The Brooklyn Dodgers of the 1950s were unique to baseball in the sense that, in addition to breaking the color barrier by adding Jackie Robinson to their infield in 1947, they went on to become baseball’s first truly integrated team by adding additional minority players on a regular basis. By 1955 Robinson had been joined by Roy Campanella, Sandy Amoros, Jim Gilliam and Don Newcombe, all major contributors to the Dodger’s success on the field. Interestingly enough, these players were part of the team that finally beat the more conservative New York Yankees to bring the championship to
Thomas Oliphant, son of a World War II veteran who found it difficult to work because of the illnesses he suffered as a result of his service years, was an only child whose mother worked as a legal secretary to support the family. His parents were originally from the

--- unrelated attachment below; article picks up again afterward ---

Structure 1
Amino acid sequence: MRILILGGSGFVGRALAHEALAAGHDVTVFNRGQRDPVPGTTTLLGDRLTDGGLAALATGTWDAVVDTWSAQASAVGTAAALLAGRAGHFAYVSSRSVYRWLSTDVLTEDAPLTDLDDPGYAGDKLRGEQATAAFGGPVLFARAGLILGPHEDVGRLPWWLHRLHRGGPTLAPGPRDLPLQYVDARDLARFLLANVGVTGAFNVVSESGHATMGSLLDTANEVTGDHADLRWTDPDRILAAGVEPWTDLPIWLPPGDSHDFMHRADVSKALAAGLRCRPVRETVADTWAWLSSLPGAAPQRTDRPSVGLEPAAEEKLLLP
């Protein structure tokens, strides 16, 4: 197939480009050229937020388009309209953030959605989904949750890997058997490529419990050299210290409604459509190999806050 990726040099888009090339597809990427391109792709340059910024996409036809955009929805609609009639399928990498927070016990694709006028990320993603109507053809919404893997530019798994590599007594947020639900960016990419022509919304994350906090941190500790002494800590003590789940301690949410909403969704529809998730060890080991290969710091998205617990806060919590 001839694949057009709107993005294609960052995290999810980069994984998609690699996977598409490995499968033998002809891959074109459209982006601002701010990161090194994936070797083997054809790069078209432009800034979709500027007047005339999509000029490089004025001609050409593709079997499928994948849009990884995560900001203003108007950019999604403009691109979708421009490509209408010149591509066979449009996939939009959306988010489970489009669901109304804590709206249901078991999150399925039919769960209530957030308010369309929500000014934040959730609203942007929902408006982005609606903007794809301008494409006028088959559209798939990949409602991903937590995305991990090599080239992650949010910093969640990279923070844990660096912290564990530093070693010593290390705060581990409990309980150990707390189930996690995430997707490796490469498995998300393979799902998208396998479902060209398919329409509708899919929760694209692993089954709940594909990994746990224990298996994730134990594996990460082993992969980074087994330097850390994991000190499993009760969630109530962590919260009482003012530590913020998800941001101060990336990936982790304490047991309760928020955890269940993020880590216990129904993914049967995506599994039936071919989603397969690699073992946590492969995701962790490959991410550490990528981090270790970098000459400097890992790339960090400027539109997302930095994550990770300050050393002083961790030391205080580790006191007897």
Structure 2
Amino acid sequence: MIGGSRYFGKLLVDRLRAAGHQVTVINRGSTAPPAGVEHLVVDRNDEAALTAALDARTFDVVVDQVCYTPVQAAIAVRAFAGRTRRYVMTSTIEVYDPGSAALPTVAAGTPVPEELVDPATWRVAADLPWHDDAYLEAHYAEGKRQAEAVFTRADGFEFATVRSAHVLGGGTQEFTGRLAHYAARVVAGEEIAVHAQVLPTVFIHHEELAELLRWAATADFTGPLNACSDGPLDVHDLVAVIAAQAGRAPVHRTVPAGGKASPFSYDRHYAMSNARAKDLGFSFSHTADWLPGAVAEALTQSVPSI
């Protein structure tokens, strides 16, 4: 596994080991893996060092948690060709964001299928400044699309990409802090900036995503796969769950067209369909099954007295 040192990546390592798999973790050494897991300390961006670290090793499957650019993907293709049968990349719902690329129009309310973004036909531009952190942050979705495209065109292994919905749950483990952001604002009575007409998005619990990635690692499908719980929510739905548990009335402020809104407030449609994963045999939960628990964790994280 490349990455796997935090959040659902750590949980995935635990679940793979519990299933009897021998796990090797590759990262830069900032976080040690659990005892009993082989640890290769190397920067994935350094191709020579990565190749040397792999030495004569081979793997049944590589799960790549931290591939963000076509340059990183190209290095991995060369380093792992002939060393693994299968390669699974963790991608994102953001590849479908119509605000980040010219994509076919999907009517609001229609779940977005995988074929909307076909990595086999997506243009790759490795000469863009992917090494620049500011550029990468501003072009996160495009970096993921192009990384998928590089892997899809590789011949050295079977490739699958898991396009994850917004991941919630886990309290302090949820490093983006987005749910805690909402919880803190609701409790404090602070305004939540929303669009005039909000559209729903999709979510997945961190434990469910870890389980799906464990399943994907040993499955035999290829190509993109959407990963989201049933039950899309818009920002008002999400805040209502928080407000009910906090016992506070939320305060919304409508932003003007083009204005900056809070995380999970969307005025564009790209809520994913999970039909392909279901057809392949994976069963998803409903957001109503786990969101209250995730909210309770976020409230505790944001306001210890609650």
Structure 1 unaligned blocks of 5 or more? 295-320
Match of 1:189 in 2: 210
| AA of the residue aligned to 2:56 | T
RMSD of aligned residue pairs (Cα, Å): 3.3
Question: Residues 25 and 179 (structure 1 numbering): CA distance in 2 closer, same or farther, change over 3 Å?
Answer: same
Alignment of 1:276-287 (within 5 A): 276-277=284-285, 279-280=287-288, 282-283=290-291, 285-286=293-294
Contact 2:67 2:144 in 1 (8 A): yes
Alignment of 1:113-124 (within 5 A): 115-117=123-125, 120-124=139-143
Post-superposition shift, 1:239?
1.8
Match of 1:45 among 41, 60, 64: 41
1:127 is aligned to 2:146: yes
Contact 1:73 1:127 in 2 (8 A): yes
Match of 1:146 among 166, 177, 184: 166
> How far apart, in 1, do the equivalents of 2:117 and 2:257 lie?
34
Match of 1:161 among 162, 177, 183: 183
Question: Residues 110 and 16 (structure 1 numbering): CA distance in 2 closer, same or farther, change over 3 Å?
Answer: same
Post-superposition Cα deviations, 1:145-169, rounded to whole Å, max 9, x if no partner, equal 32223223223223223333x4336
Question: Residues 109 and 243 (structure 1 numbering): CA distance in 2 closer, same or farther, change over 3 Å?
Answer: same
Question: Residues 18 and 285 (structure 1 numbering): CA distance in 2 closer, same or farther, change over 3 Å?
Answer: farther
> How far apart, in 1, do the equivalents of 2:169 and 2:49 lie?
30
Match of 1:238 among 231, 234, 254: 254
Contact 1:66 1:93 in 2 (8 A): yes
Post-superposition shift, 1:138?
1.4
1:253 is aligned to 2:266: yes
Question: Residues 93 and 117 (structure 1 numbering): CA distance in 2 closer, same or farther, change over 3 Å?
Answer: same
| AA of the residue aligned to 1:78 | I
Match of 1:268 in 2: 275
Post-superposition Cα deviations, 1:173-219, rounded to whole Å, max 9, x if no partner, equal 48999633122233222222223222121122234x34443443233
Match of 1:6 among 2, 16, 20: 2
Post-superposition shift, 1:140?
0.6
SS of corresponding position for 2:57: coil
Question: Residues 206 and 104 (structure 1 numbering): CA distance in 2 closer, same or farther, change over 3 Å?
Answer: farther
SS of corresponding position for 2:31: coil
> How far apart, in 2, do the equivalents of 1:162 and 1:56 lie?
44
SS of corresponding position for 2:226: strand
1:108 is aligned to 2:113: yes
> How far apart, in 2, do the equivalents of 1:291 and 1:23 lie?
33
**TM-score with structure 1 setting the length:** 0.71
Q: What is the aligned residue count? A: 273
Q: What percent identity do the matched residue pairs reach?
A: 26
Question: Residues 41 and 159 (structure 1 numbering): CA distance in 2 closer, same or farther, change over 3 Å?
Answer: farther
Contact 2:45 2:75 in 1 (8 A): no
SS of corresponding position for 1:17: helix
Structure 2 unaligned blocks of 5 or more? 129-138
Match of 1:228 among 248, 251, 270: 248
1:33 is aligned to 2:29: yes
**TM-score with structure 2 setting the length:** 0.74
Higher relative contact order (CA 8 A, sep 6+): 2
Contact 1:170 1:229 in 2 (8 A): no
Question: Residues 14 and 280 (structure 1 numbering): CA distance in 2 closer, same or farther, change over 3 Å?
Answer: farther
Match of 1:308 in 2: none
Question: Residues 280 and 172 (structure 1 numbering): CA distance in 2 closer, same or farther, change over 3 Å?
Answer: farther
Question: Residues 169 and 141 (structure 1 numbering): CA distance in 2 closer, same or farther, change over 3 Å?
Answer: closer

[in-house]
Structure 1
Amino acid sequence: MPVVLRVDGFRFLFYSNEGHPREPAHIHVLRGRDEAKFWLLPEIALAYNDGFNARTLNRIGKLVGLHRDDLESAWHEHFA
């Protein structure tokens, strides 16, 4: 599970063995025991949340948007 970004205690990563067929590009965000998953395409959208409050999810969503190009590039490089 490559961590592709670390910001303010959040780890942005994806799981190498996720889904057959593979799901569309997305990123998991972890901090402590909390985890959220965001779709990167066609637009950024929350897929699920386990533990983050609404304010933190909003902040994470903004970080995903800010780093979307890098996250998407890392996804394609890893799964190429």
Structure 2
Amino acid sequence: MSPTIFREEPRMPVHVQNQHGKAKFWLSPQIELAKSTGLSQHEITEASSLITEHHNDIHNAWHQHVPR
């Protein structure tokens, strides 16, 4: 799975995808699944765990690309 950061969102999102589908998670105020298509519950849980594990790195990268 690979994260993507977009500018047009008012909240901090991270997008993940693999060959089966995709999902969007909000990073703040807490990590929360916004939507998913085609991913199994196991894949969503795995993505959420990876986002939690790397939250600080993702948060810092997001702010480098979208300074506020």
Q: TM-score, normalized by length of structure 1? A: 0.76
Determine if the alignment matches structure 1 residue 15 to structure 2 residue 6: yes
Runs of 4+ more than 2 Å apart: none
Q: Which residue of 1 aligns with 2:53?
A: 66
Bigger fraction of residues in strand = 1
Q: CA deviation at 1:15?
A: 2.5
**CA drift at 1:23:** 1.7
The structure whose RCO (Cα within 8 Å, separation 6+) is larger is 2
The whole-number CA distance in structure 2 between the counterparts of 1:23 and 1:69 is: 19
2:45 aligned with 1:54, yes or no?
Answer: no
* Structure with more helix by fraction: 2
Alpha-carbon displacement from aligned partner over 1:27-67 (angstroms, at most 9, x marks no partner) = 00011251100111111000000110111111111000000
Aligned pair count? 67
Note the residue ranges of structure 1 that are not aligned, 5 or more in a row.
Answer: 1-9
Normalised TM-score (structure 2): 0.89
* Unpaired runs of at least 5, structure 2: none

Baseball fans, especially those who live and die with their teams each day for six months of the year, will see themselves clearly in the scenes described by Oliphant as he and his father watch the Dodgers shut out the Yankees 2-0 in game seven on a little black and white television set. They will recognize the nerve-wracking anguish of watching the other team put runners on base with no one out and their heavy hitters coming up. They will understand how difficult it is to forget that feeling of impending doom even when their team has a small lead going into the late innings. And they will certainly understand the agony of watching their team maintain that lead when it comes time to count the remaining outs they need to get on just two hands.
Oliphant has written a book about a team’s relationship to its fans and to its city and neighborhood. The book is not perfect by any means. Even avid baseball fans are likely to grow weary of some of the game-by-game detail that Oliphant includes in his section on the World Series leading up to the 1955 season, for instance. But those same readers will be so much in sync with Oliphant, his parents and everyone who celebrated on the streets of
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